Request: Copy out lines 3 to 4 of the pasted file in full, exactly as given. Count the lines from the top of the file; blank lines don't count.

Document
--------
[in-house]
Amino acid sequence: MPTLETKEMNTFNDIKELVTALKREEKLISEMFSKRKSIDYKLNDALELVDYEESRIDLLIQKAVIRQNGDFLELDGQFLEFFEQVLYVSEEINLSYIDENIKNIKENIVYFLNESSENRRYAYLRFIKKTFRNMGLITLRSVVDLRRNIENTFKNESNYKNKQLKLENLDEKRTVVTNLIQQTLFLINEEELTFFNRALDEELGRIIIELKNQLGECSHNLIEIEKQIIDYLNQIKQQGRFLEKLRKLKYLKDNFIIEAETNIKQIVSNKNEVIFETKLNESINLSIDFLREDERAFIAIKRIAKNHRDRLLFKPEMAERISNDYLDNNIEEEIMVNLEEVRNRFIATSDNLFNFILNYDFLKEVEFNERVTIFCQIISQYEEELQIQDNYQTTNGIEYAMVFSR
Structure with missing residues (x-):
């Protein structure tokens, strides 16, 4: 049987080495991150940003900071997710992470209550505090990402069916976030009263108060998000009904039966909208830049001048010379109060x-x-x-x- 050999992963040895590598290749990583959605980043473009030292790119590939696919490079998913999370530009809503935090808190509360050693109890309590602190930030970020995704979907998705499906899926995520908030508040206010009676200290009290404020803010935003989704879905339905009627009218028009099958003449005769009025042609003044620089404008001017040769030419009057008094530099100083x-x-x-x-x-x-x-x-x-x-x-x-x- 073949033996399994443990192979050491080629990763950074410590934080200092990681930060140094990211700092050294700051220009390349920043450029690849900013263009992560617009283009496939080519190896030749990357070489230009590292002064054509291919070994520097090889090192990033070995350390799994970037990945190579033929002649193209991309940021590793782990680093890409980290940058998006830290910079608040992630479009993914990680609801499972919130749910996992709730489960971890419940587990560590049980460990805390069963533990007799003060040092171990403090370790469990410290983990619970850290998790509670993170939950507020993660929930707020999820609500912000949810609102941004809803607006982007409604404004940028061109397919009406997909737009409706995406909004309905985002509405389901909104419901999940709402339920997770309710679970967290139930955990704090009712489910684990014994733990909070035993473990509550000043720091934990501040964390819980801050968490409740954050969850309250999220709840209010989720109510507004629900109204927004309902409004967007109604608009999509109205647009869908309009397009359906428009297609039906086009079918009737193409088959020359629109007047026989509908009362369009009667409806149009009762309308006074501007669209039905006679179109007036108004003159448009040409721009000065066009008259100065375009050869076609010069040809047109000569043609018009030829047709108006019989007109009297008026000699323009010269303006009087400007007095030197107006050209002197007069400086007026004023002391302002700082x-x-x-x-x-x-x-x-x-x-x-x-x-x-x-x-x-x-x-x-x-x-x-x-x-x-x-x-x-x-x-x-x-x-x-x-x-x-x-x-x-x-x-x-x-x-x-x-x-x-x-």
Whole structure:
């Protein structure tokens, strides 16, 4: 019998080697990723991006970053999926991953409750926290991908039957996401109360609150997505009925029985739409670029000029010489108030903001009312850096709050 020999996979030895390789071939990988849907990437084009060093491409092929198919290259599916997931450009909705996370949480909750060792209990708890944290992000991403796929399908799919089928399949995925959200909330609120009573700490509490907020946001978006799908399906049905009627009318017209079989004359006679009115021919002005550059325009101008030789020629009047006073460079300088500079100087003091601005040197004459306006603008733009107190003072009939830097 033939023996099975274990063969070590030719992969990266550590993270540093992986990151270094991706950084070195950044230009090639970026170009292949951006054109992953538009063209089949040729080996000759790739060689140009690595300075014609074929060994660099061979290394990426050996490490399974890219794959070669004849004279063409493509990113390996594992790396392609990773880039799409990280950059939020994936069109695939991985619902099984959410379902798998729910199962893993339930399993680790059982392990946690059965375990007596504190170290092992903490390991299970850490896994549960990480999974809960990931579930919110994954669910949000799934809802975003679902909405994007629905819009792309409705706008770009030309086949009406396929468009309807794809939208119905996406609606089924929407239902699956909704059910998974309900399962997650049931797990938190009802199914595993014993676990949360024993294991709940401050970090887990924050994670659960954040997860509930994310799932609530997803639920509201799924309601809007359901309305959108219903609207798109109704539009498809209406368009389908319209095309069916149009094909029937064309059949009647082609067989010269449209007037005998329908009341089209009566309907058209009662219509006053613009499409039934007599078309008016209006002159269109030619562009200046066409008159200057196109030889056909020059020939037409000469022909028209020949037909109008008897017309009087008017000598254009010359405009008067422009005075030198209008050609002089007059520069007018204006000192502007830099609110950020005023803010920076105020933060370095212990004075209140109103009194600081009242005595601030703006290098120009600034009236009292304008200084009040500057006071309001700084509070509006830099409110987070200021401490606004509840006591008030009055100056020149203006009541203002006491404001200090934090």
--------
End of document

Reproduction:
Structure with missing residues (x-):
């Protein structure tokens, strides 16, 4: 049987080495991150940003900071997710992470209550505090990402069916976030009263108060998000009904039966909208830049001048010379109060x-x-x-x- 050999992963040895590598290749990583959605980043473009030292790119590939696919490079998913999370530009809503935090808190509360050693109890309590602190930030970020995704979907998705499906899926995520908030508040206010009676200290009290404020803010935003989704879905339905009627009218028009099958003449005769009025042609003044620089404008001017040769030419009057008094530099100083x-x-x-x-x-x-x-x-x-x-x-x-x- 073949033996399994443990192979050491080629990763950074410590934080200092990681930060140094990211700092050294700051220009390349920043450029690849900013263009992560617009283009496939080519190896030749990357070489230009590292002064054509291919070994520097090889090192990033070995350390799994970037990945190579033929002649193209991309940021590793782990680093890409980290940058998006830290910079608040992630479009993914990680609801499972919130749910996992709730489960971890419940587990560590049980460990805390069963533990007799003060040092171990403090370790469990410290983990619970850290998790509670993170939950507020993660929930707020999820609500912000949810609102941004809803607006982007409604404004940028061109397919009406997909737009409706995406909004309905985002509405389901909104419901999940709402339920997770309710679970967290139930955990704090009712489910684990014994733990909070035993473990509550000043720091934990501040964390819980801050968490409740954050969850309250999220709840209010989720109510507004629900109204927004309902409004967007109604608009999509109205647009869908309009397009359906428009297609039906086009079918009737193409088959020359629109007047026989509908009362369009009667409806149009009762309308006074501007669209039905006679179109007036108004003159448009040409721009000065066009008259100065375009050869076609010069040809047109000569043609018009030829047709108006019989007109009297008026000699323009010269303006009087400007007095030197107006050209002197007069400086007026004023002391302002700082x-x-x-x-x-x-x-x-x-x-x-x-x-x-x-x-x-x-x-x-x-x-x-x-x-x-x-x-x-x-x-x-x-x-x-x-x-x-x-x-x-x-x-x-x-x-x-x-x-x-x-």